Amber Evans / Lantern photographer
Ohio State students and other concerned parties took to the streets this Thursday to express their concerns.
Occupy OSU began at 3 p.m. on 15th Street, just off of High Street. Demonstrators had various motivations for attending the rally, but most shared a common theme: frustration with the university.
Hutch Persons, a fourth-year in economics and philosophy and an organizer of the protest, shared his dissatisfaction in OSU administrators.
“Administrators have different interests than the rest of the people,” Persons said.
Kyle Rawson, a fourth-year in geological sciences, said administrators tend to care more about finances than students.
“Some of them care about how students perform, but others are more in it for the money,” Rawson said. “I think it’s gotten away from what the students’ interests are and what’s beneficial for the students.”
At 3:30 p.m. the demonstrators began their march around campus, first walking through the Ohio Union and breaking its usual silence with chants, noisemakers and homemade drums.
“Not a corporation, public education” and “O-H-I-O corporate greed has got to go” were among the numerous chants shouted by the mobilized group.
Jon Holmes, a first-year PhD student in English, said the Occupy movement protests around the world against “corporate greed” are relevant at OSU.
“I think that the way it seems most directly related to Ohio State is in terms of issues in student debt and the whole way that we finance higher education in this country and how detrimental that is for a large population of the student body, but particularly anybody who’s coming from a lower income background,” Holmes said.
Rawson also expressed his frustrations with the price of a college education.
“I’m tired of the student loan debt,” he said. “I think education should be free and I’m tired of seeing corporations run our country.”
Ikran Warsame, a fourth-year in political science, said she has seen an increase in tuition and is concerned for students’ futures.
“We’re protesting against the tuition rate,” Warsame said. “I just don’t like how when I started the tuition was $2,600 and now its $3,200, and I’m graduating so I feel bad for the classes that are coming in. It’s going to be close to impossible to get a college education if tuition rates keep increasing.”
Deb Steele, a 2003 Ohio State graduate in sociology, attended the rally because of her disagreement with the possible decision to privatize OSU parking. She carried a sign that read, “Wall Street loves privatization of your parking lots.”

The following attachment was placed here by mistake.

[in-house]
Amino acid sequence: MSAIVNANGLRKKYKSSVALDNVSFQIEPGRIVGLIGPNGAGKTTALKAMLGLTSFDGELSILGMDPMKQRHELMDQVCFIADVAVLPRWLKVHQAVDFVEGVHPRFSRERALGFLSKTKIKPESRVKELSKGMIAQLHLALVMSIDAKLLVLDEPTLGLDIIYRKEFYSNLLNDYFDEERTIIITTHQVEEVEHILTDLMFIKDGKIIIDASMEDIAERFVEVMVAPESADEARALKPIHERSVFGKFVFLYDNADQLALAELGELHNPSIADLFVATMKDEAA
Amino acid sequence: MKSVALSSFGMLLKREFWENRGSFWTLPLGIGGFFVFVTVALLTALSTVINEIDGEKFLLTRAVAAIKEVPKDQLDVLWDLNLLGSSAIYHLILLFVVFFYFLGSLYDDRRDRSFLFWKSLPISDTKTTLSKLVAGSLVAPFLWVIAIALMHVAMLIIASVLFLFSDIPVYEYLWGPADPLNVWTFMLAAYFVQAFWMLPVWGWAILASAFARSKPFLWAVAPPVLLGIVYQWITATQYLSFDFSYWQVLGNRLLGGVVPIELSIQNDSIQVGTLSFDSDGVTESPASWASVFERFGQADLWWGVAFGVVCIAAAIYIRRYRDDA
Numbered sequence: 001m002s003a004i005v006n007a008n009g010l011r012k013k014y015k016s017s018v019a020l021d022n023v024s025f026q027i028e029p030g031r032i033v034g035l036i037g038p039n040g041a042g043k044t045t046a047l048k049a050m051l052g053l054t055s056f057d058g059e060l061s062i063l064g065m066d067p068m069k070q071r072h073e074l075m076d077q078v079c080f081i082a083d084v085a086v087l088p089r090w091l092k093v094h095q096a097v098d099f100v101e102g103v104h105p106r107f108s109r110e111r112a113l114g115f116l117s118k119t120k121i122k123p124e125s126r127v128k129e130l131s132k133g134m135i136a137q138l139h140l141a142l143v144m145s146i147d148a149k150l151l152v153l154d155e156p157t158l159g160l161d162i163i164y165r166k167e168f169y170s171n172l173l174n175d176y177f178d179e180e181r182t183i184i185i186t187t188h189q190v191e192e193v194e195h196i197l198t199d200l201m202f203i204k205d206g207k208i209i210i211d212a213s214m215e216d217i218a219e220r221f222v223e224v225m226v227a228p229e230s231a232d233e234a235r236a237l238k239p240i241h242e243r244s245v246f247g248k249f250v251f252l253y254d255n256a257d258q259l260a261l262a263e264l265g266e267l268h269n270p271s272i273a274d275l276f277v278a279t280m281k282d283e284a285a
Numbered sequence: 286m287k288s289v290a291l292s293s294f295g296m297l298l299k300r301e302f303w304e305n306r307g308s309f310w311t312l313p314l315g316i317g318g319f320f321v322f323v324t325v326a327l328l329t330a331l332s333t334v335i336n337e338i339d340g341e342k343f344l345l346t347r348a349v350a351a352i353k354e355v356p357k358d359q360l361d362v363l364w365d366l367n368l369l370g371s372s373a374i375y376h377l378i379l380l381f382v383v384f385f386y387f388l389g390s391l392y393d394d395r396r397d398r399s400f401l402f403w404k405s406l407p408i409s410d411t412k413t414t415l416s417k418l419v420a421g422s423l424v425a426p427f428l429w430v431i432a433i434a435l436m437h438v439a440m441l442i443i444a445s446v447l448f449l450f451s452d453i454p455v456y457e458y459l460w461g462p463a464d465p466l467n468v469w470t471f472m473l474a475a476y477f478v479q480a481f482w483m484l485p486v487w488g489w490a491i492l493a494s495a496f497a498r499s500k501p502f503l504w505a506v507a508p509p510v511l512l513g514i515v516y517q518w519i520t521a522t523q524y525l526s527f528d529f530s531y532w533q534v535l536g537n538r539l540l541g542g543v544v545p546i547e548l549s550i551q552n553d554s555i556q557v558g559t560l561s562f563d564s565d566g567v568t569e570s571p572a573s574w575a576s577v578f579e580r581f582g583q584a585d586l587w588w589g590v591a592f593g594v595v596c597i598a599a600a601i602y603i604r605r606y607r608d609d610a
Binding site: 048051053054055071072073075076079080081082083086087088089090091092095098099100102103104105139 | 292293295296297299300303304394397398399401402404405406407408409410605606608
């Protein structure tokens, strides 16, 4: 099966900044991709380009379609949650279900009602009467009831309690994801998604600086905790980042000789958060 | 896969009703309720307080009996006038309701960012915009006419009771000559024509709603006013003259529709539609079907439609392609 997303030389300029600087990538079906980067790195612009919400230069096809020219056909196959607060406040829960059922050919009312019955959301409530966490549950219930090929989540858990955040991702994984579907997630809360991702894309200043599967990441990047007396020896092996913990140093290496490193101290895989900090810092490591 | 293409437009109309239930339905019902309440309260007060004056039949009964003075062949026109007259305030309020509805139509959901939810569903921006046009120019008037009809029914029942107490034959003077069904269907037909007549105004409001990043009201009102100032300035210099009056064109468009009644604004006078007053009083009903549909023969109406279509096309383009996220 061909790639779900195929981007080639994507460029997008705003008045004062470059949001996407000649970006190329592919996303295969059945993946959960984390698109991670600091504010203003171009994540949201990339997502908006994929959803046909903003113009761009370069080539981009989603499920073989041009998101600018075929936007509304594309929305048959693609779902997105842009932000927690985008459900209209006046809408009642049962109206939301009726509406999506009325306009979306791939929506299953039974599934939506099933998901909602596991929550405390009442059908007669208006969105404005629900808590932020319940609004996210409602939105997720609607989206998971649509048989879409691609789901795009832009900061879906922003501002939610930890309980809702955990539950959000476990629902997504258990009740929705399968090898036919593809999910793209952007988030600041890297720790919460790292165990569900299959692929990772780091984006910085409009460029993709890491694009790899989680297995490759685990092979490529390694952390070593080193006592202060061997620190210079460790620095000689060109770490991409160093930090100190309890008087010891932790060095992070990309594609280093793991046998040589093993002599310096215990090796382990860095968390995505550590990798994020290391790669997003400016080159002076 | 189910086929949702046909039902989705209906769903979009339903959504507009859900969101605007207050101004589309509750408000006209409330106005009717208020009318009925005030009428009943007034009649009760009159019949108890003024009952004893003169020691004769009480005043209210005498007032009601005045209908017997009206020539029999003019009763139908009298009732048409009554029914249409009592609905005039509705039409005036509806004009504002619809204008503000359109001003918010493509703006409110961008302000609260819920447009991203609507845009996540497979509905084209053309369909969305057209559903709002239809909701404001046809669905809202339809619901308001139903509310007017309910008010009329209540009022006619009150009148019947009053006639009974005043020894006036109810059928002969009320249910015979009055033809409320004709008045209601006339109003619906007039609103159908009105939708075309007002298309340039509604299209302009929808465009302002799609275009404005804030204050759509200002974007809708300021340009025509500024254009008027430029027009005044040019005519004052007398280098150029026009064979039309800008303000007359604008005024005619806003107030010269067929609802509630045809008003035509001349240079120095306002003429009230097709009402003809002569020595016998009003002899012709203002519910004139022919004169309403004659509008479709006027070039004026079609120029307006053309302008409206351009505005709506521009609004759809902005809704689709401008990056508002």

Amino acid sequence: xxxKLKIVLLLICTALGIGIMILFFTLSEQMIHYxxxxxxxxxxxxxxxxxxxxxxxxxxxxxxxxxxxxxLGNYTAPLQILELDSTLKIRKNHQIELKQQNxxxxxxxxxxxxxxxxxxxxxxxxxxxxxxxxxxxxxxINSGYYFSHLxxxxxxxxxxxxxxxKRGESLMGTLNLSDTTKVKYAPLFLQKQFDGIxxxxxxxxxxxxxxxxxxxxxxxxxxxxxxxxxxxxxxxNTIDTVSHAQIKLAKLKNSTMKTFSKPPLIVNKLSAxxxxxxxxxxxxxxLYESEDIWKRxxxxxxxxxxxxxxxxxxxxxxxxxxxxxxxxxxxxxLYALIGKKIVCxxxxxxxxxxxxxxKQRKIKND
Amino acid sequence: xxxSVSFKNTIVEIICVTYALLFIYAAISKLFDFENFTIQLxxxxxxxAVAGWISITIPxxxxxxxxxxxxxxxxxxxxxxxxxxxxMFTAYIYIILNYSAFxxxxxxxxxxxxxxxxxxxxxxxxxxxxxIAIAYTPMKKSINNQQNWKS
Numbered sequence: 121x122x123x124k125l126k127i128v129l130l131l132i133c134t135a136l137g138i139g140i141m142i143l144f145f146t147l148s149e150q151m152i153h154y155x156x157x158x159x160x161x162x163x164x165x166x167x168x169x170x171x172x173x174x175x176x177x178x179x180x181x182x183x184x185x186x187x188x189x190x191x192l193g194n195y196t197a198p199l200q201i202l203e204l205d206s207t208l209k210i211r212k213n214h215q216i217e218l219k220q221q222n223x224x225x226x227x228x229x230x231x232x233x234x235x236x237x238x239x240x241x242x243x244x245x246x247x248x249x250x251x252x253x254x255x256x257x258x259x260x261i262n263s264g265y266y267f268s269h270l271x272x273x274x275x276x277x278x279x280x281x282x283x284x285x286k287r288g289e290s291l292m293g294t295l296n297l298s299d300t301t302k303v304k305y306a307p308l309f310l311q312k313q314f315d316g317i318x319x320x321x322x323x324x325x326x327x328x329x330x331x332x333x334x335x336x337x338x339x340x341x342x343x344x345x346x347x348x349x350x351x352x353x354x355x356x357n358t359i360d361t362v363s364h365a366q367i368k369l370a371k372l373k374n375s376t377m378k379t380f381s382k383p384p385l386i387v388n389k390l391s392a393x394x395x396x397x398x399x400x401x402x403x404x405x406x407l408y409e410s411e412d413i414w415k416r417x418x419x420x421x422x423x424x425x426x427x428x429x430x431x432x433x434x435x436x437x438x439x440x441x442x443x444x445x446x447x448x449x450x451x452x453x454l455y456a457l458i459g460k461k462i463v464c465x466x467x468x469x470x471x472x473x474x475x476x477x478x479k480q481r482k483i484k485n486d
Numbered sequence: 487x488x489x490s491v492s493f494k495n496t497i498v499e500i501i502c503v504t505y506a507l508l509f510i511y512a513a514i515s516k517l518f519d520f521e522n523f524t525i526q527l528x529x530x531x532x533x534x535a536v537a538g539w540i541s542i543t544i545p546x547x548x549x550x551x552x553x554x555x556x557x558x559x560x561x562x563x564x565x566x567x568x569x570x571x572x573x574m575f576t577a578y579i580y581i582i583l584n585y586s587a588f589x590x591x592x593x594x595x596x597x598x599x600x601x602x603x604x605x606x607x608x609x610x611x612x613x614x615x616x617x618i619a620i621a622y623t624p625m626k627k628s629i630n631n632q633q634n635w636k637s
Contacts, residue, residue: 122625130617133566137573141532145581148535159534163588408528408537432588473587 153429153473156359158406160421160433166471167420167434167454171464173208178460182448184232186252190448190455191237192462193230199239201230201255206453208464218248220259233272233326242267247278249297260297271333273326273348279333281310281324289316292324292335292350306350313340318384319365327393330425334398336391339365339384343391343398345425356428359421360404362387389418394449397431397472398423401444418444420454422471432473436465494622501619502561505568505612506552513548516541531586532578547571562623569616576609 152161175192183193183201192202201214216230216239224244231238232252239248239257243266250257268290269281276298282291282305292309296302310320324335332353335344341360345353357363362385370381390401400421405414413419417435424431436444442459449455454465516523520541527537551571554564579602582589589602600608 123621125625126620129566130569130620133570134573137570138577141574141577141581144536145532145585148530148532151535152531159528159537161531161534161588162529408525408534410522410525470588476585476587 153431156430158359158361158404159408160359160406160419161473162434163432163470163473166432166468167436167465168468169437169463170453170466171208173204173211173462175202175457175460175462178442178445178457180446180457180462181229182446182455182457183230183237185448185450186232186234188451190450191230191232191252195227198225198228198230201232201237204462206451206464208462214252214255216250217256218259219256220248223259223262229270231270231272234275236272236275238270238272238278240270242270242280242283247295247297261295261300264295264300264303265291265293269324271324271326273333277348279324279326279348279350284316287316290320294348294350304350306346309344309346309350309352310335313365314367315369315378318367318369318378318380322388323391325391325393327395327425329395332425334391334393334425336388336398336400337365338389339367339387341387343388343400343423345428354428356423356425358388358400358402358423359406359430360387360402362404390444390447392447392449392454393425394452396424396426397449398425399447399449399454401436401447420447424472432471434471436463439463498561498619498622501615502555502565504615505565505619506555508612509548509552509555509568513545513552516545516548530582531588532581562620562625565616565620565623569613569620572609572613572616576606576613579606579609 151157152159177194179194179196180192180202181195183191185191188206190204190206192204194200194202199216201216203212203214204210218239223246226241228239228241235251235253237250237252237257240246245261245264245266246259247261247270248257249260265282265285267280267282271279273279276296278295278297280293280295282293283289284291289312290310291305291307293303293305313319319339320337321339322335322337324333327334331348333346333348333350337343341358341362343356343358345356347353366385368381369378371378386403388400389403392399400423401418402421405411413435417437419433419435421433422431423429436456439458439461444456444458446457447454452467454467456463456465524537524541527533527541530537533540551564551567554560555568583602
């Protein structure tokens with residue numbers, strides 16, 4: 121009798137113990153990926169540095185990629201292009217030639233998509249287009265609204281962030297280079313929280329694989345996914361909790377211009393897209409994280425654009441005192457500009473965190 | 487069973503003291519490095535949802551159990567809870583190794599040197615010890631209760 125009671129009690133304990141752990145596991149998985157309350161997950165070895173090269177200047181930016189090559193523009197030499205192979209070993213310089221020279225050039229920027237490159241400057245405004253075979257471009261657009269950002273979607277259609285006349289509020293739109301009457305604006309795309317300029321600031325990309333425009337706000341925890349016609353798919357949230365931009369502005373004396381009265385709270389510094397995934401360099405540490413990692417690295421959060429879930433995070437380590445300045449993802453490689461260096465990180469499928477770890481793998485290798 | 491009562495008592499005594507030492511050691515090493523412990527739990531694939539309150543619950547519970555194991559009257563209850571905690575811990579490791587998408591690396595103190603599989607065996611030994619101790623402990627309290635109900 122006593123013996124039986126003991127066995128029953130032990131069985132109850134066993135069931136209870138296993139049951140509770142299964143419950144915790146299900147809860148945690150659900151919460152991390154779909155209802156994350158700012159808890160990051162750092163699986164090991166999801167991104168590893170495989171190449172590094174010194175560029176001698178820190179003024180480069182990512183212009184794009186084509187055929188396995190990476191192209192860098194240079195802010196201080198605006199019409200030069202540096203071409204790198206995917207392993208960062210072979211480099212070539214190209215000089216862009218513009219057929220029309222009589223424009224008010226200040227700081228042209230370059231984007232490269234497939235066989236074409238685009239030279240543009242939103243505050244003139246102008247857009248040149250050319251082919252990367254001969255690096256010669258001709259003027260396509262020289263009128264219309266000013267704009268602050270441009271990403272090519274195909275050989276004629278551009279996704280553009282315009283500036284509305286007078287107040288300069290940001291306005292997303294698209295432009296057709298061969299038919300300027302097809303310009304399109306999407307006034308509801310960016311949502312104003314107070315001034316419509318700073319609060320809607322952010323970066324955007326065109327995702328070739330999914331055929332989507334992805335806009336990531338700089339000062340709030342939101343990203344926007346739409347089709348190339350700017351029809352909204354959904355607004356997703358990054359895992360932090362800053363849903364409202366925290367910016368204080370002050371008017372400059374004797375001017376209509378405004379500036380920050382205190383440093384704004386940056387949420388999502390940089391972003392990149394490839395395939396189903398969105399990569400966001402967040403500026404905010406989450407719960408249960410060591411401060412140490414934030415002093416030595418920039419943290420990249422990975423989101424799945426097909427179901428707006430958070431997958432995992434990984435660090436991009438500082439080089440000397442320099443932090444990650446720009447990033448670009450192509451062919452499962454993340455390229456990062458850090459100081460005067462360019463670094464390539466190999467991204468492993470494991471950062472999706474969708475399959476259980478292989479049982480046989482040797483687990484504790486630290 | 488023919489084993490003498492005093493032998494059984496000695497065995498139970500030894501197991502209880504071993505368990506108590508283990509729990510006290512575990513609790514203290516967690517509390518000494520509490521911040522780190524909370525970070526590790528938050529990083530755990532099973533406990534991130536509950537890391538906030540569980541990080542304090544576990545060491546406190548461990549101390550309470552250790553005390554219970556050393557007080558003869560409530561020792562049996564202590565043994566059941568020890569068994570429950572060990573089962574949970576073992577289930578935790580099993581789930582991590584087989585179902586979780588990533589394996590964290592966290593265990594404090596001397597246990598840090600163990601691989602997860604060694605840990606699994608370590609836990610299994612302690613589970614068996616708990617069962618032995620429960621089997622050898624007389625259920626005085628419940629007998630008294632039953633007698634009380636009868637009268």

“I’m pretty concerned about (OSU President E.) Gordon Gee moving to privatize the parking lots and we don’t need Wall Street greed coming to campus,” Steele said. “This is a mobile thing. People are angry, so here we’re taking the street. These people are trying to show their frustration with our broken system that seems to reward the rich at the expense of the middle class.”
Steele said some protestors attended a town hall meeting that members of the Parking Advisory Committee, the Undergraduate Student Government, the Council of Graduate Students and the Interprofessional Council held on Nov. 9, in the Ohio Union to address concerns about the future of OSU’s parking.
“No one has convinced me that parking is central to the academic life of the university. But a 9-by-11 parking space represents a lot of scholarships, a lot of opportunities,” Gee said to attendees at the town hall, The Lantern reported.
Steele said she was unsatisfied with Gee’s response and referred to it as “spin.”
The protestors marched through the Ohio Union, down College Avenue, through the Oval, down Neil Avenue, up Lane Avenue and eventually walked on High Street and blocked two lanes of traffic.
Each time the group occupied a road, they repeatedly shouted, “Whose street? Our street!”
Police officers followed every step of the march. Five police cars drove closely behind the crowd as it made its way down High Street, occasionally sounding their sirens in an attempt to control the demonstrators.
Sounjanette Hagan, a second-year in political science at Columbus State University, participated in walking on High Street.
“I decided to walk down High Street today just because I am an advocate for social justice and it’s about time we come together seeing as though we are the future,” Hagan said. “I wasn’t really worried about getting arrested just because I knew that we’d be able to get things under control.”
Persons said the Occupy movement will not stop anytime in the near future at OSU.
“We hope to begin to take on projects and make real concrete changes on the way our campus operates,” Persons said.